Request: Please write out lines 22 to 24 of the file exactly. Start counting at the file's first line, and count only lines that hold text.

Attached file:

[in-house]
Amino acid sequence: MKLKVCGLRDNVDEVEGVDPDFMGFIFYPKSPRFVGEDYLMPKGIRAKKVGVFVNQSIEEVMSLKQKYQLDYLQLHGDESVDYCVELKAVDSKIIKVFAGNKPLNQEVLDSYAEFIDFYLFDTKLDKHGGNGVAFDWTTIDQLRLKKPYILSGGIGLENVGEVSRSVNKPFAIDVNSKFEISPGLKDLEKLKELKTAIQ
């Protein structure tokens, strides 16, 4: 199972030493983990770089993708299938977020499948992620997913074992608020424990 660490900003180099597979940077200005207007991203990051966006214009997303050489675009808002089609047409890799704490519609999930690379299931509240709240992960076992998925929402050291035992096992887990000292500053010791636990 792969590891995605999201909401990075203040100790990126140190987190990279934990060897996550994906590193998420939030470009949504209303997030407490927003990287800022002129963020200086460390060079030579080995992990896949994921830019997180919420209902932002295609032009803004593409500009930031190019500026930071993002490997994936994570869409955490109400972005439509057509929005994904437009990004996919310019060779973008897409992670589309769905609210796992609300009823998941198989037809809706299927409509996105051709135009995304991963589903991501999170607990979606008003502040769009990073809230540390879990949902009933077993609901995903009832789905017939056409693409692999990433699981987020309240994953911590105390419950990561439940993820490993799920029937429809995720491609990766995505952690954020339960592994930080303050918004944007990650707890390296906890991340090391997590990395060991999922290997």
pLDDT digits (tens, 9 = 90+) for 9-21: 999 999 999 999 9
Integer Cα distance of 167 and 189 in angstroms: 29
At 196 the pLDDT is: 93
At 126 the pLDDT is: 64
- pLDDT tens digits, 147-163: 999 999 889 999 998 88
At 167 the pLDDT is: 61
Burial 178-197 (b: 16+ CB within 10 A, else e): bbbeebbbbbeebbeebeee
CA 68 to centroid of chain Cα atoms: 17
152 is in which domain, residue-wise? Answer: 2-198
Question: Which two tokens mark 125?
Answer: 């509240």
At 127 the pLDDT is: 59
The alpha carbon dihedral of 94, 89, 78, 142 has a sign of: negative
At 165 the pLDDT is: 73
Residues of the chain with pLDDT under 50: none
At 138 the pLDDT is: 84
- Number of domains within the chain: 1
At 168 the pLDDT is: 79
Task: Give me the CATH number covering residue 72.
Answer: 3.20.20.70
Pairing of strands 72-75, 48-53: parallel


Task: Give me the CATH number covering residue 72.
Answer: 3.20.20.70
Pairing of strands 72-75, 48-53: parallel